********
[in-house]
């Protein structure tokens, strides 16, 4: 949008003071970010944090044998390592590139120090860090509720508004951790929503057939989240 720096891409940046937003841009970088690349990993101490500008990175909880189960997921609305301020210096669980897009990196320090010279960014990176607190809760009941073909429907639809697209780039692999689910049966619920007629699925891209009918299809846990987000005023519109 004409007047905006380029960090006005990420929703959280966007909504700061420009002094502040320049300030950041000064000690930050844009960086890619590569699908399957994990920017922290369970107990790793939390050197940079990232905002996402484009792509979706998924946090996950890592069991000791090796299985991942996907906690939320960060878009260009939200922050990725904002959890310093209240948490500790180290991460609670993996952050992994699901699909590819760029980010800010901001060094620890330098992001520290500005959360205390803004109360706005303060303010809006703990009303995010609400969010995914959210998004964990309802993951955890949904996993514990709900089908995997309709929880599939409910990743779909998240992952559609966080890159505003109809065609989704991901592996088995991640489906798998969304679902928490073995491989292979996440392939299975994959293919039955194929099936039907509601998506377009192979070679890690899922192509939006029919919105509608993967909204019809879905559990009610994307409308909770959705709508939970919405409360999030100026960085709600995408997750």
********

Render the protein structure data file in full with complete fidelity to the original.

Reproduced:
[in-house]
């Protein structure tokens, strides 16, 4: 949008003071970010944090044998390592590139120090860090509720508004951790929503057939989240 720096891409940046937003841009970088690349990993101490500008990175909880189960997921609305301020210096669980897009990196320090010279960014990176607190809760009941073909429907639809697209780039692999689910049966619920007629699925891209009918299809846990987000005023519109 004409007047905006380029960090006005990420929703959280966007909504700061420009002094502040320049300030950041000064000690930050844009960086890619590569699908399957994990920017922290369970107990790793939390050197940079990232905002996402484009792509979706998924946090996950890592069991000791090796299985991942996907906690939320960060878009260009939200922050990725904002959890310093209240948490500790180290991460609670993996952050992994699901699909590819760029980010800010901001060094620890330098992001520290500005959360205390803004109360706005303060303010809006703990009303995010609400969010995914959210998004964990309802993951955890949904996993514990709900089908995997309709929880599939409910990743779909998240992952559609966080890159505003109809065609989704991901592996088995991640489906798998969304679902928490073995491989292979996440392939299975994959293919039955194929099936039907509601998506377009192979070679890690899922192509939006029919919105509608993967909204019809879905559990009610994307409308909770959705709508939970919405409360999030100026960085709600995408997750």